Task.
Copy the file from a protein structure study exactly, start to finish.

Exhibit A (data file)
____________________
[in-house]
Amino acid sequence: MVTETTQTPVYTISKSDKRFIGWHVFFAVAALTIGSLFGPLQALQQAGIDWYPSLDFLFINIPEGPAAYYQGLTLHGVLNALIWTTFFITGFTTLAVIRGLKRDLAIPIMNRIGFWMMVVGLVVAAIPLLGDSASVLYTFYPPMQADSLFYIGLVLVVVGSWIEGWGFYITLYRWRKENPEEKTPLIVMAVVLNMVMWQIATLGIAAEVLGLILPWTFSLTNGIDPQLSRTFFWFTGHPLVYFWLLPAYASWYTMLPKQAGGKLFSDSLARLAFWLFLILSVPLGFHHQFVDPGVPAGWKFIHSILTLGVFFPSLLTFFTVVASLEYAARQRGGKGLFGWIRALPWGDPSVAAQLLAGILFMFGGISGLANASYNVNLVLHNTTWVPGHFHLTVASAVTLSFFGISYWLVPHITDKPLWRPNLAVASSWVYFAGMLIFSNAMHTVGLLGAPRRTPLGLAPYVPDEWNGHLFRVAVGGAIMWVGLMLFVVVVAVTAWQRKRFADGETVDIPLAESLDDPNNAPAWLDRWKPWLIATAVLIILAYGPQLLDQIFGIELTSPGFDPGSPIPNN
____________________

[in-house]
Amino acid sequence: MVTETTQTPVYTISKSDKRFIGWHVFFAVAALTIGSLFGPLQALQQAGIDWYPSLDFLFINIPEGPAAYYQGLTLHGVLNALIWTTFFITGFTTLAVIRGLKRDLAIPIMNRIGFWMMVVGLVVAAIPLLGDSASVLYTFYPPMQADSLFYIGLVLVVVGSWIEGWGFYITLYRWRKENPEEKTPLIVMAVVLNMVMWQIATLGIAAEVLGLILPWTFSLTNGIDPQLSRTFFWFTGHPLVYFWLLPAYASWYTMLPKQAGGKLFSDSLARLAFWLFLILSVPLGFHHQFVDPGVPAGWKFIHSILTLGVFFPSLLTFFTVVASLEYAARQRGGKGLFGWIRALPWGDPSVAAQLLAGILFMFGGISGLANASYNVNLVLHNTTWVPGHFHLTVASAVTLSFFGISYWLVPHITDKPLWRPNLAVASSWVYFAGMLIFSNAMHTVGLLGAPRRTPLGLAPYVPDEWNGHLFRVAVGGAIMWVGLMLFVVVVAVTAWQRKRFADGETVDIPLAESLDDPNNAPAWLDRWKPWLIATAVLIILAYGPQLLDQIFGIELTSPGFDPGSPIPNN